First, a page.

Author

Stephanie MacGillivary

Stephanie MacGillivary is a staff writer at Ballotpedia. Contact us at editor@ballotpedia.org.

New Hampshire’s stay-at-home order to expire on June 15

On June 11, Gov. Chris Sununu (R) announced that New Hampshire’s stay-at-home order will expire on June 15 at 11:59 p.m.

When the order lifts, the following businesses are permitted to reopen: amateur sports, bowling, arcades, laser tag and billiard halls, charitable gaming, gyms and fitness centers (50% capacity), libraries, motorcycle rides, museums and art galleries, outdoor attractions, outdoor race tracks, public, campground and commercial pools, road races, and tourist trains.

Low physical contact amateur sports, such as baseball and softball, are allowed to resume, and indoor recreational facilities can reopen at 50% capacity. Funeral homes may reopen and weddings may resume.

In-restaurant dining capacity can rise if there’s enough floor space to maintain social distancing in six counties—Belknap, Coos, Carrol, Cheshire, Sullivan, and Grafton. In-restaurant dining can resume at 50% capacity in Rockingham, Hillsborough, Merrimack and Strafford counties.

Ballotpedia is tracking how state governments plan to reopen after the coronavirus pandemic.



Hawaii governor extends travel restrictions for international and out-of-state travelers

On June 10, Hawaii Gov. David Ige (D) extended the state’s mandatory 14-day quarantine for those traveling to Hawaii from international or out-of-state locations through the end of July. Beginning June 16, the Hawaii National Guard will check passengers’ temperatures arriving through Daniel K. Inouye International Airport. Each passenger will also need to have their travel verified and are required to sign a mandatory order for self-quarantine.

Governors or state agencies issued 21 executive orders placing restrictions on out-of-state visitors in response to the coronavirus pandemic. At least nine have been rescinded.



Florida Supreme Court extends suspension of jury trials through July 17

On June 8, Florida Supreme Court Chief Justice Charles Canady issued an order extending the suspension of civil and criminal jury trials through July 17. Jury trials were first suspended on March 13. The court subsequently extended that order, first through April 17, then through May 29, and again through July 2.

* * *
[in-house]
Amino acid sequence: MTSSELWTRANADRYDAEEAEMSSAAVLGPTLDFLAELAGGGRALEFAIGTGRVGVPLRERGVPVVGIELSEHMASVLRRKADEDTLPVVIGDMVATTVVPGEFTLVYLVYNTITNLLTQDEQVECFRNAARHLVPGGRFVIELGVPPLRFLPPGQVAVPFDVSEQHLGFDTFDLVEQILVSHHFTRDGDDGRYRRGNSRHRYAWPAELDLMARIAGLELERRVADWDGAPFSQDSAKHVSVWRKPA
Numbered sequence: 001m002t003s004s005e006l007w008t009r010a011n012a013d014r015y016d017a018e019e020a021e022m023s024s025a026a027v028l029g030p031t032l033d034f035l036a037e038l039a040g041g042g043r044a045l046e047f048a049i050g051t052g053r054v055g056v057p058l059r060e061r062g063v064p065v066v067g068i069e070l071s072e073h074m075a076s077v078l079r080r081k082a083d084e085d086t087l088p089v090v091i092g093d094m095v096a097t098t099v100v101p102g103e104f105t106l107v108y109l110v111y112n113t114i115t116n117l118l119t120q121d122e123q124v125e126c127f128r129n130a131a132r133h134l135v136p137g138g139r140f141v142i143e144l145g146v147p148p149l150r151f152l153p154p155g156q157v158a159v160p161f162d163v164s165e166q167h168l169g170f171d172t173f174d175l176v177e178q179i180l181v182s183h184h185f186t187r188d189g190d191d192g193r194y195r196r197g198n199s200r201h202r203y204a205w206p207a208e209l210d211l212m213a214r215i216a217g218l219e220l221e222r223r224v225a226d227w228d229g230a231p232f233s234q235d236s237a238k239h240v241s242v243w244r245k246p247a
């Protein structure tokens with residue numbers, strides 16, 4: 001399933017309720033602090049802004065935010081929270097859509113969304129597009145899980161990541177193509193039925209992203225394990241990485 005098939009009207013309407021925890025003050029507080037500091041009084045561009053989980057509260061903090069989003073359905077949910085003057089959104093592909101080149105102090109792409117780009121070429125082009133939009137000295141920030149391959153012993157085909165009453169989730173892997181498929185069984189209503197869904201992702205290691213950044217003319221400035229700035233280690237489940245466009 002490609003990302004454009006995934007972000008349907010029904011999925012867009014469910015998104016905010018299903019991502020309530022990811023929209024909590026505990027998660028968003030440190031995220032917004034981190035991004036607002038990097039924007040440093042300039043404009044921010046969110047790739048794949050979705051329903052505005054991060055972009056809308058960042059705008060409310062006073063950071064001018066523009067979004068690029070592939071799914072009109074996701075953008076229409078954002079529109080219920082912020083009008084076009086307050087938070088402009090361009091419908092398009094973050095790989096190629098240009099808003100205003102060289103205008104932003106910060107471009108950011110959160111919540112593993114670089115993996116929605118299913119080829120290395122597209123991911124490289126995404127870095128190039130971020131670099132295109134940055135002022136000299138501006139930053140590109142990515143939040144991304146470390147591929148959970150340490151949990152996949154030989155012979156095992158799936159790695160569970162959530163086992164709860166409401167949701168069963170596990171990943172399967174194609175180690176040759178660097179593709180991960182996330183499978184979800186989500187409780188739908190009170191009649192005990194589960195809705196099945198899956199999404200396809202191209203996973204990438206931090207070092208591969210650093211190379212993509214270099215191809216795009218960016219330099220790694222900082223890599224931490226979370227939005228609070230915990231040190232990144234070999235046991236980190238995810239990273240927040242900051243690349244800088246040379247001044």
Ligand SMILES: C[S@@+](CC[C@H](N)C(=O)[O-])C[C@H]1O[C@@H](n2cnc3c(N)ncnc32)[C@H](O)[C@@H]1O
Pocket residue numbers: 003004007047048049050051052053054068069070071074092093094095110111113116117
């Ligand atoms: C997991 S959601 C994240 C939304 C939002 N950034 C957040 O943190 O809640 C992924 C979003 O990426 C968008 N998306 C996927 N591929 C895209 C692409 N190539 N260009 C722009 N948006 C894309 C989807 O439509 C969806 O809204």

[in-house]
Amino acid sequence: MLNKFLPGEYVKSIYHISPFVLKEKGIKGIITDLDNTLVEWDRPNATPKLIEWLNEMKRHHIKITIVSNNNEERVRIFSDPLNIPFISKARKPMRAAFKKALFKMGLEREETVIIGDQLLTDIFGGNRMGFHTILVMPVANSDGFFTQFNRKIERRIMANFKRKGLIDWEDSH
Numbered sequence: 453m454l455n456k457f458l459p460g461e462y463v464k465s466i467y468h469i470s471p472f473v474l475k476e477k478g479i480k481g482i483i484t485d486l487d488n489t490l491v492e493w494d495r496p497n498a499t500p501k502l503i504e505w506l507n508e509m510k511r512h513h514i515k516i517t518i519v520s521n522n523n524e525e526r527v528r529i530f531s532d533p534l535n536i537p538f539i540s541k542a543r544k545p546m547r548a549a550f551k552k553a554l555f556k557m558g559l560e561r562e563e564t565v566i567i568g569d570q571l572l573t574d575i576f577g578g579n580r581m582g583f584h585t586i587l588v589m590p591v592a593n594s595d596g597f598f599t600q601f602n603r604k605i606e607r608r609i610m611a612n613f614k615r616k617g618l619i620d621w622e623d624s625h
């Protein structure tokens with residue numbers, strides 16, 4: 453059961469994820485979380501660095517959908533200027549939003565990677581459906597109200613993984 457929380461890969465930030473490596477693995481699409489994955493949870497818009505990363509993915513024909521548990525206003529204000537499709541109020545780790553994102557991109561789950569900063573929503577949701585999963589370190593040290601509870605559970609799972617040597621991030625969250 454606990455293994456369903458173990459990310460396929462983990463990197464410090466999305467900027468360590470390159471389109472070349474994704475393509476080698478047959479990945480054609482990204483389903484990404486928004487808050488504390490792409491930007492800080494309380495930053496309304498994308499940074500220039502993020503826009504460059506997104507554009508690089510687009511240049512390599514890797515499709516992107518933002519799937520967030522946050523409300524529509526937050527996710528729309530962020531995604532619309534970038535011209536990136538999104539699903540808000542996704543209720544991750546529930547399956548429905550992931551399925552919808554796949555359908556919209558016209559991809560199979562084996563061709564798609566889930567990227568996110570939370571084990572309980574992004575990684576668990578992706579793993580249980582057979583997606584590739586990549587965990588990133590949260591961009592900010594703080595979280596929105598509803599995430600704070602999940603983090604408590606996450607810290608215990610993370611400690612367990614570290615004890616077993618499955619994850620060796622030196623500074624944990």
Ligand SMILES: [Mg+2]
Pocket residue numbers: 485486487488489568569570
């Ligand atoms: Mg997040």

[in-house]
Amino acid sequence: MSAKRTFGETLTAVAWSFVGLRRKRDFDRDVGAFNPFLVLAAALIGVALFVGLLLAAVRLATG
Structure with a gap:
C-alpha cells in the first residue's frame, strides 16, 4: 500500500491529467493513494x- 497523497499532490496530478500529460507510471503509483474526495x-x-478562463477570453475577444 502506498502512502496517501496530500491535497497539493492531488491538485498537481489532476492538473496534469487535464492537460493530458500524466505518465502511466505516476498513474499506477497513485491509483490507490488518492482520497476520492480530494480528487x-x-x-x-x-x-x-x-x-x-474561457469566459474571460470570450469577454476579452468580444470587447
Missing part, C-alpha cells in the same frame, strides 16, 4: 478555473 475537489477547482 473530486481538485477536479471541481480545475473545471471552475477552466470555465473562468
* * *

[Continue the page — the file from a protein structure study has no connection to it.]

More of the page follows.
Ballotpedia is tracking how state courts are responding to the coronavirus pandemic.

Thirty-four states suspended in-person proceedings statewide, and 16 states suspended in-person proceedings on the local level.



November 4, 1918 – “Influenza Eliminates Election Service; Calls on Telephone Are Taboo”

On November 4, 1918, The Long Beach Press published an article titled “Influenza Eliminates Election Service; Calls on Telephone Are Taboo.” The article discussed how “The Press” would not announce election returns due to restrictions placed during the influenza pandemic, a first in the paper’s history.

“The Press will not announce election results in any form tomorrow evening. Bulletins will not be posted and advices will not be disseminated by telephone. The Press office will be ‘dark’ tomorrow night, closed because of restrictions imposed on account of the influenza epidemic.

For the first time in its history The Press must forego this election service, which has always been appreciated by the public. No apologies are in order, in view of the conditions stated; but naturally it is regretted that the usual service can not be rendered this year.”

Click here to read the original article, courtesy of Newspapers.com.



Pennsylvania Gov. Tom Wolf announces stay-at-home order to end June 4

On June 3, Pennsylvania Gov. Tom Wolf (D) announced that he would let the state’s stay-at-home order expire on June 4 at 11:59 p.m. There are currently 10 red-phase counties under the stay-at-home order. Wolf announced on June 3 that those counties could move into the yellow-phase on June 5. When that happens, all counties in Pennsylvania will either be in the yellow-phase or green-phase of Wolf’s reopening plan.

Pennsylvania will be the 36th state to end a stay-at-home order. After it ends, stay-at-home orders will remain in seven states. Six have Democratic governors. One (New Hampshire) has a Republican governor.



Oklahoma moves into Phase 3 of reopening plan today

Oklahoma entered Phase 3 of Gov. Kevin Stitt’s (R) “Open Up and Recover Safely” plan on June 1, 2020. Church and school summer camps may open, businesses may resume unrestricted staffing at worksites with social distancing and sanitation measures, and businesses that were operating by appointment only may accept walk-ins.

Residents are encouraged to minimize time spent in crowds and vulnerable individuals are urged to continue following safer-at-home guidelines. Also under Phase 3, visits to hospitals can resume, with limitations such as one representative per patient and social distancing measures. Visits to senior care facilities are still prohibited.